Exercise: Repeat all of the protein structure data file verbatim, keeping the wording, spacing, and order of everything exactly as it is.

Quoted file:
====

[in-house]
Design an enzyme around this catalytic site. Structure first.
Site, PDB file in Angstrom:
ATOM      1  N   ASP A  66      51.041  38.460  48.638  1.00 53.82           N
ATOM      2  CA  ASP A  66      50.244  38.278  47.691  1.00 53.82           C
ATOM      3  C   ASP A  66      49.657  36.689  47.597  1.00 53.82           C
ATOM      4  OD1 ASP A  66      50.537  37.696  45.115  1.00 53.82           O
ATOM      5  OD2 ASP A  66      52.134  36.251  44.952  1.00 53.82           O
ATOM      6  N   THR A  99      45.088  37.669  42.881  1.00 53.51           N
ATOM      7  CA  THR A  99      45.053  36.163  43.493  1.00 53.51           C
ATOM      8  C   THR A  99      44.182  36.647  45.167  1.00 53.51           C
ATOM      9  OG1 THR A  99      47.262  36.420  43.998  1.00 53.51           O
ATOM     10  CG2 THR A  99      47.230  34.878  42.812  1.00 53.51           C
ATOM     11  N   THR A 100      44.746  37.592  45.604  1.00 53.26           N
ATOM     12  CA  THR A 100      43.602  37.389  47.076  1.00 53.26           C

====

[in-house]
Design an enzyme around this catalytic site. Structure first.
Site, PDB file in Angstrom:
ATOM      1  N   ASP A  66      51.041  38.460  48.638  1.00 53.82           N
ATOM      2  CA  ASP A  66      50.244  38.278  47.691  1.00 53.82           C
ATOM      3  C   ASP A  66      49.657  36.689  47.597  1.00 53.82           C
ATOM      4  OD1 ASP A  66      50.537  37.696  45.115  1.00 53.82           O
ATOM      5  OD2 ASP A  66      52.134  36.251  44.952  1.00 53.82           O
ATOM      6  N   THR A  99      45.088  37.669  42.881  1.00 53.51           N
ATOM      7  CA  THR A  99      45.053  36.163  43.493  1.00 53.51           C
ATOM      8  C   THR A  99      44.182  36.647  45.167  1.00 53.51           C
ATOM      9  OG1 THR A  99      47.262  36.420  43.998  1.00 53.51           O
ATOM     10  CG2 THR A  99      47.230  34.878  42.812  1.00 53.51           C
ATOM     11  N   THR A 100      44.746  37.592  45.604  1.00 53.26           N
ATOM     12  CA  THR A 100      43.602  37.389  47.076  1.00 53.26           C